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Pulp Fiction, A Neo-Noir: Blog Post 5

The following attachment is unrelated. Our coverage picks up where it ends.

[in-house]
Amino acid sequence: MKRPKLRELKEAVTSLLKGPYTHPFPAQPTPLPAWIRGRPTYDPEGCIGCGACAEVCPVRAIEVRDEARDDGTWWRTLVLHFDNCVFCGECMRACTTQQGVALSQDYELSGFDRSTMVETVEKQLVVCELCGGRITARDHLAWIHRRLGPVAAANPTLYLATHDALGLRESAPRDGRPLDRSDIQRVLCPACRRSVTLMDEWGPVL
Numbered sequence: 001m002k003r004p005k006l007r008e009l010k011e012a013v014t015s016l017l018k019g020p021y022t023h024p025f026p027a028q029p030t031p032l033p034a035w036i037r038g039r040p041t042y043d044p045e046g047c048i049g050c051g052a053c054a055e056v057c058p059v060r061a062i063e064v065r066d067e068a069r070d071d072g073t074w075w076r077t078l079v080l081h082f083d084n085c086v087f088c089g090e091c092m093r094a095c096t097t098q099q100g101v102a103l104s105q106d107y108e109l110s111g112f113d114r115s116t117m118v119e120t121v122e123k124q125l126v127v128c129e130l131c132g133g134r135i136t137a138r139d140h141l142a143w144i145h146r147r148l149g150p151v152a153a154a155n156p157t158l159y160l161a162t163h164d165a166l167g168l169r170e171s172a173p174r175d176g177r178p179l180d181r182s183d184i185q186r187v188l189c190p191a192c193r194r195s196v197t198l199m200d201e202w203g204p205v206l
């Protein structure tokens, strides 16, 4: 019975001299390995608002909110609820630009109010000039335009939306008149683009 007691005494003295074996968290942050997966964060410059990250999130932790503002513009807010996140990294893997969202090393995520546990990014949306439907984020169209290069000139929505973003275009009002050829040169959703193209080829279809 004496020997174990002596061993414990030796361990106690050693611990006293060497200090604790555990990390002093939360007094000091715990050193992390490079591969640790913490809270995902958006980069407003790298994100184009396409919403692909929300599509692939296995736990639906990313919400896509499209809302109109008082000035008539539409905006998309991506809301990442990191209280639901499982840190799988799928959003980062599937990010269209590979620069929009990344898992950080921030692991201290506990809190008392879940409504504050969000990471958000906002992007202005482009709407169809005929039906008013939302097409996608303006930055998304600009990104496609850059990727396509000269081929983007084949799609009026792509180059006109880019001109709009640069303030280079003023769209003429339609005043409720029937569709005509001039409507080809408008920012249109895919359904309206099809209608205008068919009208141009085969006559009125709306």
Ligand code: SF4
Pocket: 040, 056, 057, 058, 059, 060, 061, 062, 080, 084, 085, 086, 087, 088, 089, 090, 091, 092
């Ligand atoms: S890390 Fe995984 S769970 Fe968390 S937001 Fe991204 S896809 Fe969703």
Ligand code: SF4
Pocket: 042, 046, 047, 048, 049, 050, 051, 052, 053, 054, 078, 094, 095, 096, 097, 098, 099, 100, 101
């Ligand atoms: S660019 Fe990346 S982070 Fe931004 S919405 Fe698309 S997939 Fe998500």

In the article “Comments on the Classic Film Noir and the Neo-Noir,” Andrew Dickos breaks down the elements of neo-noir films as opposing or reflecting the classic film noir. These neo-noirs are “taking into account the cultural and political changes… as well as its aesthetic modifications” to better fit a modern audience (235). According to Dickos, film noir and neo-noirs both seek “to communicate visually and verbally the inchoate, the helpless, the terror-stricken, just as they need to confess, lie, and reveal” (238). These elements of the neo-noir can be seen in Quentin Tarantino’s Pulp Fiction in 1994, about fifty years after the unofficial end of the film noir. Most notably in its difference from classic noir, Pulp Fiction, along with other neo-noir films, is “generally more violent” than the film noirs. While most film noirs have guns and the victim or the villain are shot in the end, the violence either takes place off camera or the wound and amount of blood are subtle. In Pulp Fiction, there are several bloody, violent moments. After taking Vincent’s drugs, Mia Wallace overdoses and there is an entire scene that shows her passed out with blood oozing out of her nose and foaming from the mouth until they get to Vincent’s drug dealer, Lance’s, house where Vincent violently gives her an adrenaline shot through the heart (54 minutes – 1 hour). Another show of violence is in the scene where Vincent accidentally shoots Marvin in the back of Marcellus’s car (1 hour 56 minutes). There is blood everywhere, all over Vincent and Marcellus as well as the car. The partners then have to enlist the help of Winston Wolf to help them clean up the mess. The characters describe having to pick up brain matter and bits of skull. A character overdosing or having his brain’s blown out would not happen in a film noir, and if it did, it would not have been so violently done. The film shows many close up shots of Mia, bloody and unconscious, and Vincent and Marcellus stay in their bloody suits for a long time. The deaths in film noirs are always cleaner in a way than in neo-noirs, as Dickos points out, where the film takes “glories in the aesthetics of violence” (240). The more explicit use of violence is just one way neo-noirs reflect the time they were made, as these types of violent scenes are allowed in modern movies but would not have been in the 1940s or 50s, while still using the themes of film noir.